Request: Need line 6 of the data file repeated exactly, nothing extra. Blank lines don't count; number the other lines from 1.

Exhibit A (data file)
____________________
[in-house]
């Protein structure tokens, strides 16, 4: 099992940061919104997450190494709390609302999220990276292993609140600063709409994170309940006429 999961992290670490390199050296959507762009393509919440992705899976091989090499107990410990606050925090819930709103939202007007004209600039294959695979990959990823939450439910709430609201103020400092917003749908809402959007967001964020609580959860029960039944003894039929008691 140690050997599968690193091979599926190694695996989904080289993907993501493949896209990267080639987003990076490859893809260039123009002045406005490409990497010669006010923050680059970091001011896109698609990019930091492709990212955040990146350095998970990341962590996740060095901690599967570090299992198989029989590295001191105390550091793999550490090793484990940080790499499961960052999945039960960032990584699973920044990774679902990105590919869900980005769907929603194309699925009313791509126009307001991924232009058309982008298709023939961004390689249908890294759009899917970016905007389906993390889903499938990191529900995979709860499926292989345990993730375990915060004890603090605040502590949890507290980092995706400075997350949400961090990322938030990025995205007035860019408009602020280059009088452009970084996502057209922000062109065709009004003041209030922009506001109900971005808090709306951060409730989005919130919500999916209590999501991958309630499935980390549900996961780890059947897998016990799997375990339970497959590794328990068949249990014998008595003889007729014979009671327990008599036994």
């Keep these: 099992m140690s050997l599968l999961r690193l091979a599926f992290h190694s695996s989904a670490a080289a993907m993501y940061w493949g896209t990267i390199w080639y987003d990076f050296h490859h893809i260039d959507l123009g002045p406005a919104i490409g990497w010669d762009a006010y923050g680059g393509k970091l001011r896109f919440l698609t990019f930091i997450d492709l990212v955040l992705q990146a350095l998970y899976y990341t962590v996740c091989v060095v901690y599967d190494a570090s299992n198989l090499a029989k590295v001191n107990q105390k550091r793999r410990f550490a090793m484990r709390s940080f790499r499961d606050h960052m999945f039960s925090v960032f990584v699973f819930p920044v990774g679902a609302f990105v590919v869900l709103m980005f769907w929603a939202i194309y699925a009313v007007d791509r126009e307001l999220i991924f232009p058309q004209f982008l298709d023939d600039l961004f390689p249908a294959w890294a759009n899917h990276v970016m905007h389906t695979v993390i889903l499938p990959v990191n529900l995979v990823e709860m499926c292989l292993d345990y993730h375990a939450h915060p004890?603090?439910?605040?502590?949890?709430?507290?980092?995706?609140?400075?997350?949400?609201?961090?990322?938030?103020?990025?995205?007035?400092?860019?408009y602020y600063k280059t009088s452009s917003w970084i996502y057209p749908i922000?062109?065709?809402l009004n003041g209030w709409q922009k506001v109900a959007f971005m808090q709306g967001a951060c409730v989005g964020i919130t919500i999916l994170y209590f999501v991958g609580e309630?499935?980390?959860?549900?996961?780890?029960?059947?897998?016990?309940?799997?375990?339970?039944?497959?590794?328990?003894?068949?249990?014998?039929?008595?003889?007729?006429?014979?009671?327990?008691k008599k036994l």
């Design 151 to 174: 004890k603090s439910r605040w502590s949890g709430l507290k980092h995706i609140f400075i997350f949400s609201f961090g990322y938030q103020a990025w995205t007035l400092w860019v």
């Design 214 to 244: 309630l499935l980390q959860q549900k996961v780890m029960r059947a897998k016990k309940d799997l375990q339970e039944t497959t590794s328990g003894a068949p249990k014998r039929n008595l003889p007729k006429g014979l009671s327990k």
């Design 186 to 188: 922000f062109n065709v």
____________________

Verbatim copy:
């Design 186 to 188: 922000f062109n065709v």